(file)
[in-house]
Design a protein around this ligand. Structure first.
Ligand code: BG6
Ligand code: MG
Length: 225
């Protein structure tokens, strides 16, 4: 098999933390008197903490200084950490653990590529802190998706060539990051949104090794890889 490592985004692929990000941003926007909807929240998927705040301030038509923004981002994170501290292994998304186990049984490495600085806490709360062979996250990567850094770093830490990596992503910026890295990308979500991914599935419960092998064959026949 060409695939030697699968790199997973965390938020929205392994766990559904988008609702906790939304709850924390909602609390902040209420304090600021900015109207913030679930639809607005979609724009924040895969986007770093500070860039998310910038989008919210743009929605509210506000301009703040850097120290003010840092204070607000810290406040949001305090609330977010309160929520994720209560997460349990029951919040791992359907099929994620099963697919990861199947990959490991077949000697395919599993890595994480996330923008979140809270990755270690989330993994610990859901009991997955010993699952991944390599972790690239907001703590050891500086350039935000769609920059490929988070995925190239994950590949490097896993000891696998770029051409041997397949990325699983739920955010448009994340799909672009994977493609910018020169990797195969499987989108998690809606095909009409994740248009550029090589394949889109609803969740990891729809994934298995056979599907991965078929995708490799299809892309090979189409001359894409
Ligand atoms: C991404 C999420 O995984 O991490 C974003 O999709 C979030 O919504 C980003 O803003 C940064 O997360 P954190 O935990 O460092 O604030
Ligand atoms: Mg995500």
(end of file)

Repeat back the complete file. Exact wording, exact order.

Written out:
[in-house]
Design a protein around this ligand. Structure first.
Ligand code: BG6
Ligand code: MG
Length: 225
């Protein structure tokens, strides 16, 4: 098999933390008197903490200084950490653990590529802190998706060539990051949104090794890889 490592985004692929990000941003926007909807929240998927705040301030038509923004981002994170501290292994998304186990049984490495600085806490709360062979996250990567850094770093830490990596992503910026890295990308979500991914599935419960092998064959026949 060409695939030697699968790199997973965390938020929205392994766990559904988008609702906790939304709850924390909602609390902040209420304090600021900015109207913030679930639809607005979609724009924040895969986007770093500070860039998310910038989008919210743009929605509210506000301009703040850097120290003010840092204070607000810290406040949001305090609330977010309160929520994720209560997460349990029951919040791992359907099929994620099963697919990861199947990959490991077949000697395919599993890595994480996330923008979140809270990755270690989330993994610990859901009991997955010993699952991944390599972790690239907001703590050891500086350039935000769609920059490929988070995925190239994950590949490097896993000891696998770029051409041997397949990325699983739920955010448009994340799909672009994977493609910018020169990797195969499987989108998690809606095909009409994740248009550029090589394949889109609803969740990891729809994934298995056979599907991965078929995708490799299809892309090979189409001359894409
Ligand atoms: C991404 C999420 O995984 O991490 C974003 O999709 C979030 O919504 C980003 O803003 C940064 O997360 P954190 O935990 O460092 O604030
Ligand atoms: Mg995500």